The Indian team for the blind recently won the T20 World Cup for the third consecutive time, defeating Bangladesh at the M Chinnaswamy Stadium in Bengaluru.
But despite the achievements, 10 players in the 17-member squad are jobless and due to the lack of financial support and many find it “difficult to pursue the sport” as they are “preoccupied” with earning livelihood.
“We have won the World Cup for the third consecutive time but we don’t have a title sponsor,” said Reddy, who scored a century in the final.
“It’s very difficult to play cricket when we know we have the bigger task of earning livelihood so that we can support our families,” said Reddy on the sidelines of a felicitation ceremony organised by Union sports minister Anurag Thakur.
In April last year, the BCCI had recognised the Differently-abled Cricket Council of India (DCCI) to promote the sport among physically challenged, deaf, blind and wheelchair participants.
However, not much changed in terms of support for the blind cricketers, according to G Mahantesh, the President of Cricket Association of the Blind in India.
“BCCI has been sympathetic to us all along providing us with infrastructure and training facilities but in order to bring more professionalism we need their financial support as well,” said Mahantesh.
Reddy, who has guided the team to two T20 blind World Cup trophies — 2017 and 2022 — is unhappy with the inordinate delay in putting a roadmap in place.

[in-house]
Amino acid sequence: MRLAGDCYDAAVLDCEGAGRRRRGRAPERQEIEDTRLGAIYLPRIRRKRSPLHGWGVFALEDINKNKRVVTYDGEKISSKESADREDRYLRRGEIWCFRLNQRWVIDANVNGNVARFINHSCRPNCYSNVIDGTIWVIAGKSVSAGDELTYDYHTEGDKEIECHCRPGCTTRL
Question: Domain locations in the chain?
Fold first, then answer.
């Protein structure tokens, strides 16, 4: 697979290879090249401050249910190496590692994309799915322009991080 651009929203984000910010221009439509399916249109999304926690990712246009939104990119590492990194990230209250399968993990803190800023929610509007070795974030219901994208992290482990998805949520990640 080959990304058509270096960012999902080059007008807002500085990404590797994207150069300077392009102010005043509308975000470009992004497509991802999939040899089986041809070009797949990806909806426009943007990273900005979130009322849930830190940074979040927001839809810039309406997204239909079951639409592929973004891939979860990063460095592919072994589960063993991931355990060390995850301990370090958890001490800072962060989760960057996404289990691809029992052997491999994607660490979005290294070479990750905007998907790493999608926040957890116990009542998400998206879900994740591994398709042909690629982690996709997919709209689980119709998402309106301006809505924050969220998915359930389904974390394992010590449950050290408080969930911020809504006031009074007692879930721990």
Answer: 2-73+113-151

“The (BCCI) recognition has happened but there is no roadmap for our sport, no one knows what’s happening. We have also brought glory to the country on the cricket field and deserve to get (BCCI’s) central contract,” added Reddy.
Sunil Ramesh, who hit a hat-trick of centuries during the World Cup (against Nepal, South Africa and Bangladesh), and was adjudged ‘Player of the Tournament’ and ‘Player of the Match’ in the final, too said that with the pressure of earning a livelihood, the BCCI support will go a long way in securing their lives.
“We have no monetary support, no jobs and no security whatsoever. That’s the reason we only assemble before the world cup or a bilateral or triangular series, which are far and few between. If the Indian board wants, we too can play professionally,” said the 24-year-old all-rounder from Chikmanglur.
Asked what he would say to the India team, which has gone without a World Cup trophy since the title triumph in the 50-over format under Mahendra Singh Dhoni in 2011, Reddy said that for him and his team visualisation work wonders.
“I would say every player should do a bit of visualisation before sleep. That has helped us iron out a lot of our technical flaws and I’m sure India players will also benefit from it.
“The fact that they are in the India team means they are very good, but corrections (in technique) are a must and visualising one’s dismissal or a bad ball or poor fielding helps correct mistakes,” opined Reddy.